Hans-Joachim RoedeliusView In iTunes
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From his early work with the pioneering Krautrock band Cluster to his later, more ambient solo recordings, Hans Joachim Roedelius remained one of the most innovative and prolific voices in contemporary electronic music. Born in Berlin in 1934, he drifted through a series of odd jobs before turning to music, later collaborating with conceptual artist Conrad Schnitzler in a series of experimental bands including Plus/Minus, Noises, and the Human Being. In 1968, Roedelius and Schnitzler were among the co-founders of the Zodiak Free Arts Lab, a group of avant-garde artists from a variety of creative disciplines that quickly became one of the driving forces of the Berlin underground scene; with Dieter Moebius, they formed Kluster in 1969, performing extended improvisational live dates throughout West Germany. Cluster released their debut LP, Klopfzeichen, in 1970; in the wake of their third album, 1971's Kluster und Eruption, Schnitzler exited to pursue a solo career, and Roedelius and Moebius continued on as Cluster. Working with famed producer Konrad Plank, the duo began to move increasingly toward more structured soundscapes -- with 1974's Zuckerzeit, they even pursued an electronic pop sound similar in spirit to Kraftwerk. Roedelius and Moebius also teamed with Neu!'s Michael Rother in Harmonia, releasing a pair of mid-'70s LPs that caught the attention of Brian Eno, who in response collaborated with the trio on a legendary session (released much later as Harmonia & Eno '76 Remixes), heralding a turn toward ambient textures (and influencing the sound of the 1976 Cluster album Sowiesoso). Roedelius and Moebius subsequently worked with Eno on 1977's Cluster and Eno and 1979's After the Heat as well. In the interim, Roedelius made his solo debut with 1978's Durch die Wuste; after Cluster went on hiatus in the wake of 1981's Curiosum, he plunged fully into solo work, regularly releasing several new LPs each year. Although most of these projects pursued ambient paths -- the multi-chapter Selbstportrait series, 1981's Lustwandel, 1987's Momenti Felici, and 1992's Friendly Game all being good examples -- others, like 1982's Offene Türen and 1994's Sinfonia Contempora, No. 1, explored more dissonant electronic soundscapes. Additionally, Roedelius worked in a series of mediums including theater, dance, and film, collaborating with everyone from Holger Czukay to Peter Baumann; in 1990, he and Moebius also reunited for Apropos Cluster, and the duo continued working together throughout the decade to follow, though they formally severed musical ties in 2011, and Roedelius formed the musical ensemble Qluster with Onnen Bock. Collaboration became Roedelius' primary M.O. from the '90s on, though he continued to issue volumes in his Selbstportrait series, which, as of 2013, numbered eight volumes. The list of his musical partners is not only a who's who of electronic musicians and pioneers, but also of modern composers. Some of his most notable recordings in the '90s also included the solo Tace! in 1993; One Hour with Cluster and Sinfonia Contempora, No. 1: Von Zeit zu Zeit in 1994; Pink, Blue and Amber in 1996; and Meeting the Magus in collaboration with electronics duo Aqueous in 1997 as well as Drive, by the one-shot band Global Trotters, who also included Alquimia, David Bickley, Felix Jay, Kenji Konishi, and Susumu Hirasawa. At the beginning of the 21st century, Roedelius accelerated his already prolific output. While his first offering of the new decade was the solo ambient Roedeliusweg, he soon began a wide-ranging series of collaborative projects. Some of the most notable were the collage Veni Creator Spiritus with Eric Spitzer-Marlyn in 2000. The Japanese-only release Acon 2000/1 in collaboration with electronics legend Conrad Schnitzler offered a startling contrast between both men's styles. In 2003, joint projects accounted for two of his three releases, including Imagine Imagine, the first of his three albums with the Fratellis. The ambient solo offering Amerika Recycled was his only album released in 2004. Nevertheless, one of his most compelling releases, an ambient classical crossover project with pianist Morgan Fisher, was issued in 2005. Cluster reunited for a tour in 2007; a live document Berlin 07 was released in 2008, along with Errata, which found him in an unlikely partnership with classical musician Tim Story and the dark, electronic soundscape artist Dwight Ashley. The last year of the first decade of the century was marked by Sustanza di Cose Sperata, with the brilliant and wildly idiosyncratic new music pianist and composer Alessandra Celletti. That year also saw the release of Qua, the final studio album by Cluster. Roedelius began a new working partnership in 2010, this one with producer and electronic pop musician Stefan Schneider (aka Mapstation) of To Rococo Rot and Kreidler. Their first album together was Stunden, released by Bureau B. Roedelius evolved Cluster into Qluster, in collaboration with Berlin musician Onnen Bock; Fragen and Rufen both appeared on Bureau B in 2011, with Antworten arriving the following year. A solo piano gig entitled Plays Piano: Bloomsbury Theatre, London, July 28th, 1985 was released in 2012. Selected Studies, Vol. 1, a surprise collaboration with singer and songwriter Lloyd Cole, was released in early 2013, as was Roedelius' next full-length with Schneider, Tilden. The label reissued much of Roedelius' back catalog, and released Tape Archive 1973-1978, an extensive multimedia box set of unreleased material, in 2014. Outside of the Bureau B label, Roedelius continued to collaborate with other artists: Lindabrunn Collage with Werner Moebius appeared on No Thing That Exists in 2014, Imagori with Christoph H. Müller surfaced on Grönland Records in 2015, and Ubi Bene with Leon Muraglia was released by Passus Records the same year. ~ Jason Ankeny & Thom Jurek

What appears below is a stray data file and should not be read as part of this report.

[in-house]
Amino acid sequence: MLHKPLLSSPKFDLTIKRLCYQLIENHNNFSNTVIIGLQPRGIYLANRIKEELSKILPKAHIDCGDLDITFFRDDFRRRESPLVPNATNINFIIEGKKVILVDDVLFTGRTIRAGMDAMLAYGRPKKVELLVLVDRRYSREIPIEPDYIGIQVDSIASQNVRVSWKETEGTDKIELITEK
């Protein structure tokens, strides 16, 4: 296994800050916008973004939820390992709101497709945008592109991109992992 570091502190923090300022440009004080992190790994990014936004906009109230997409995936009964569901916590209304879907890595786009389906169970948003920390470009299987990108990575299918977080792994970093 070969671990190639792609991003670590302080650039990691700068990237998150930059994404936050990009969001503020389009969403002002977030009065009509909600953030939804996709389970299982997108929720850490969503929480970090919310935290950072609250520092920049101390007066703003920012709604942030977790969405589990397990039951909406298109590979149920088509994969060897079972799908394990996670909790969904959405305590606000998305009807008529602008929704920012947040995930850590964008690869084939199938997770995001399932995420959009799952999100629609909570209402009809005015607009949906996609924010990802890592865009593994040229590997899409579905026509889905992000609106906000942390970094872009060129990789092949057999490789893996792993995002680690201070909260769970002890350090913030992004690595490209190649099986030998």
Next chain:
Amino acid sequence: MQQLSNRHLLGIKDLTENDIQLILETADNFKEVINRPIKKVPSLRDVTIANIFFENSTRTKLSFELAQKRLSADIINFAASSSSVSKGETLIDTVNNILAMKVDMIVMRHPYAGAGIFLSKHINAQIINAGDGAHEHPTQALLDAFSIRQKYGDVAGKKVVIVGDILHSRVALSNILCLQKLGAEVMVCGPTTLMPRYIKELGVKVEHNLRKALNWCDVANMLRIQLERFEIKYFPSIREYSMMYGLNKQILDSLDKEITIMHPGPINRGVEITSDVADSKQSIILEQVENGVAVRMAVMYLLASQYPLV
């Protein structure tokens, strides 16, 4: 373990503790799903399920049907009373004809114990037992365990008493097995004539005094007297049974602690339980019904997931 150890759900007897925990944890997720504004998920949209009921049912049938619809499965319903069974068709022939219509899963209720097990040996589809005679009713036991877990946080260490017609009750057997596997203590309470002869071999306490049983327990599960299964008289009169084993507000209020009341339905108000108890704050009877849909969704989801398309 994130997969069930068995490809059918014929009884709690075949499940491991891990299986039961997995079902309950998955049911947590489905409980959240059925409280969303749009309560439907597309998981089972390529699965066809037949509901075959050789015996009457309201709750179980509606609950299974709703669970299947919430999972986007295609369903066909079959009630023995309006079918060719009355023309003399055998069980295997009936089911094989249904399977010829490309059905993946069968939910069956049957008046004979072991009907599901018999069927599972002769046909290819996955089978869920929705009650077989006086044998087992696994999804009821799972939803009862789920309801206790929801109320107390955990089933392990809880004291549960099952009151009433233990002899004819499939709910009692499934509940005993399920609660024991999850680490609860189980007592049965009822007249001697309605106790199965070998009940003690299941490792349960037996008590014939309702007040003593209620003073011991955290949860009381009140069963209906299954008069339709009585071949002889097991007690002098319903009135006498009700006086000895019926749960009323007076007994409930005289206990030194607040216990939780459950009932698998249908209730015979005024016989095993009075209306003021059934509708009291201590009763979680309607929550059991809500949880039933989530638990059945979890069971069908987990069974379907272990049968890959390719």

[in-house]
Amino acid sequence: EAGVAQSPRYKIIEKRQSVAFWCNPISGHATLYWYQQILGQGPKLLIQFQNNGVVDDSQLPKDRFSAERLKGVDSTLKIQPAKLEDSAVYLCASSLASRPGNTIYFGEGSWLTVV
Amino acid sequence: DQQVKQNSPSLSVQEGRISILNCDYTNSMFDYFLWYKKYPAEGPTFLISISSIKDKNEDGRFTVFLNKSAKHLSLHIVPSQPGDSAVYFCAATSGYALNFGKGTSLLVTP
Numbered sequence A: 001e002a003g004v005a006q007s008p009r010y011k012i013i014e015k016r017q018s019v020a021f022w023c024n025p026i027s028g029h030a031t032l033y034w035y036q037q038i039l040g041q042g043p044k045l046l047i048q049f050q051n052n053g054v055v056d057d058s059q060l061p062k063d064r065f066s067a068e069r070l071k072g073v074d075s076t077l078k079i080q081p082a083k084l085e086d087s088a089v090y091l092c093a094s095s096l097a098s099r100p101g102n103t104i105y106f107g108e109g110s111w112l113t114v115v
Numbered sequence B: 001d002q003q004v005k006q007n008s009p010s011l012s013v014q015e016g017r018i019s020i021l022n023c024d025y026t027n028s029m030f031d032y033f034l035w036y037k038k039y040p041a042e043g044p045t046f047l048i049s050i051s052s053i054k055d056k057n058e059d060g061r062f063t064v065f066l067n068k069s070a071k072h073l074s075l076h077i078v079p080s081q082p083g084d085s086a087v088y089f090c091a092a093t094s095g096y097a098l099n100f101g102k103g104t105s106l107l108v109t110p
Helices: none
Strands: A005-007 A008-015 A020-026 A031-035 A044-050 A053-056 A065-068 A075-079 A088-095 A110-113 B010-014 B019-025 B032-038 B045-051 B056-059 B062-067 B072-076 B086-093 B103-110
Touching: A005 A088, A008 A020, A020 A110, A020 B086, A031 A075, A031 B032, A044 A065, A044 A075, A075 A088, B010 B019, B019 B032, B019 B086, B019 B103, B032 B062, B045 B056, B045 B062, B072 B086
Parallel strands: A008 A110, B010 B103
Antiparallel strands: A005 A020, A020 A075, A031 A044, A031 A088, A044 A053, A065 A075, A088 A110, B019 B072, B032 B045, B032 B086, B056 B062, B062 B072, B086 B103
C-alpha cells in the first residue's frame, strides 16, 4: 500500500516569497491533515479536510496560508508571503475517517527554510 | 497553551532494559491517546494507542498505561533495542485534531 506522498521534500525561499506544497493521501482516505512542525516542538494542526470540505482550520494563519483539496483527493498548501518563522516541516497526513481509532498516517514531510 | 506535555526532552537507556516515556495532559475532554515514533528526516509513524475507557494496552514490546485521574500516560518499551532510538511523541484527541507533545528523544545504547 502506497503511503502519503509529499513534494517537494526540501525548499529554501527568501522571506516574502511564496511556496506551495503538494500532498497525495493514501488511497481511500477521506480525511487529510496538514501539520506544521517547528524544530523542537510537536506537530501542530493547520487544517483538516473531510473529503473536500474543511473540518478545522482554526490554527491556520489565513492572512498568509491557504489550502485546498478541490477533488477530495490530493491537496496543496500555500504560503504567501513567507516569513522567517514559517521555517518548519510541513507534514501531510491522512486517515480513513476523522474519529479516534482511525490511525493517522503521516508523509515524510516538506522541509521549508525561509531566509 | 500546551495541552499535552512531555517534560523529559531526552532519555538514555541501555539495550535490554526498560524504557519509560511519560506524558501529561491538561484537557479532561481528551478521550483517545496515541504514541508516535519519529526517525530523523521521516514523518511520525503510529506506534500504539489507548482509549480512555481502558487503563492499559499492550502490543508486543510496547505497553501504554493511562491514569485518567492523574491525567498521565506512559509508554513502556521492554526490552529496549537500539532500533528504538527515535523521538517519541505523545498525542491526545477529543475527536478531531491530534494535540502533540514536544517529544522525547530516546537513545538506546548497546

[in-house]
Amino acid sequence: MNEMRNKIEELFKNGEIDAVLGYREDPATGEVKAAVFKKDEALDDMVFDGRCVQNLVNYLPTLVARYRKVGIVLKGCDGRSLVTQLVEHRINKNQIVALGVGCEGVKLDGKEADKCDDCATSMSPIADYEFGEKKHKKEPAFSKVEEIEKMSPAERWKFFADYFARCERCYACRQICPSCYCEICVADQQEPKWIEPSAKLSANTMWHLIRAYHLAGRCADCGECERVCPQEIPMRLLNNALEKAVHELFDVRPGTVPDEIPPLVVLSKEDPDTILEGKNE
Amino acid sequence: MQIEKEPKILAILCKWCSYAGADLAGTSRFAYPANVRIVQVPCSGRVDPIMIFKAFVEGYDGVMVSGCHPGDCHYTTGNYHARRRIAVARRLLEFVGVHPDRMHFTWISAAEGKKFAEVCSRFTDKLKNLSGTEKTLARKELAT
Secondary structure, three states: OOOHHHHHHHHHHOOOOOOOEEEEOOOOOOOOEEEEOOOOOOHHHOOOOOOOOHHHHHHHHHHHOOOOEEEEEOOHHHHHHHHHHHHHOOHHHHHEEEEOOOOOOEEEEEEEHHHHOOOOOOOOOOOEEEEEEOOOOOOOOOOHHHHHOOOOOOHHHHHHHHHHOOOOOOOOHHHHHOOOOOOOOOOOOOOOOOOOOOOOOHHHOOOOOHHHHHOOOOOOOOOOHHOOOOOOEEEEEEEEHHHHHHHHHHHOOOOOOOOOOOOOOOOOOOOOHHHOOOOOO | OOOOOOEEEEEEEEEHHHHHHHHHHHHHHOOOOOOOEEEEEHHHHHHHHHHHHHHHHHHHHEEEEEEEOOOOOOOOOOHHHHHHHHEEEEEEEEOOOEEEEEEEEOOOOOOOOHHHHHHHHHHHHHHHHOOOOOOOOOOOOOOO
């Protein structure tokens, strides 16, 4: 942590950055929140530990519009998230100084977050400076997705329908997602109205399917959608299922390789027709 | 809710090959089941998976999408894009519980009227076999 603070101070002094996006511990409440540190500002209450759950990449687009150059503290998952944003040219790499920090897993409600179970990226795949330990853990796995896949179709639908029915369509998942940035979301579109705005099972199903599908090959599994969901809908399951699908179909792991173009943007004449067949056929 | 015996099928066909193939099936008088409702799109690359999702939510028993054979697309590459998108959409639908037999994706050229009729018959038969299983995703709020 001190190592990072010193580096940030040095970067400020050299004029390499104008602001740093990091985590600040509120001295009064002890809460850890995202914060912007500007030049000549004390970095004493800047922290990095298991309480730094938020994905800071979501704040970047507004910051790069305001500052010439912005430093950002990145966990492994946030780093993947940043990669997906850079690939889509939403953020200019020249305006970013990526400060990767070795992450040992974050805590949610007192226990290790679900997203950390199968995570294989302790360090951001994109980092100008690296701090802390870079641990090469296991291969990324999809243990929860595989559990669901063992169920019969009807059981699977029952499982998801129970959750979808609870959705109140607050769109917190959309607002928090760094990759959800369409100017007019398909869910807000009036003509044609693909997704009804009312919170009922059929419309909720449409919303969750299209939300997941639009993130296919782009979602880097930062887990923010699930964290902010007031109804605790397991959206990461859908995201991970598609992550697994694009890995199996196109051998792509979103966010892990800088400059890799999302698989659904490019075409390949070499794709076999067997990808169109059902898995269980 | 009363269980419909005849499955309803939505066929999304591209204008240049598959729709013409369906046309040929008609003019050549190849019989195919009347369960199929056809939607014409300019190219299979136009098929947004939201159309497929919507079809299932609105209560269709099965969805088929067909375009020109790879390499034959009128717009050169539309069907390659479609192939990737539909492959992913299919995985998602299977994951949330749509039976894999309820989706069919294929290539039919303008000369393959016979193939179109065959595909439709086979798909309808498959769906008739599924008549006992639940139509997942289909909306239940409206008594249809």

Hans Joachim Roedelius
26 October 1934 in Berlin, Germany
'60s, '70s, '80s, '90s, '00s, '10s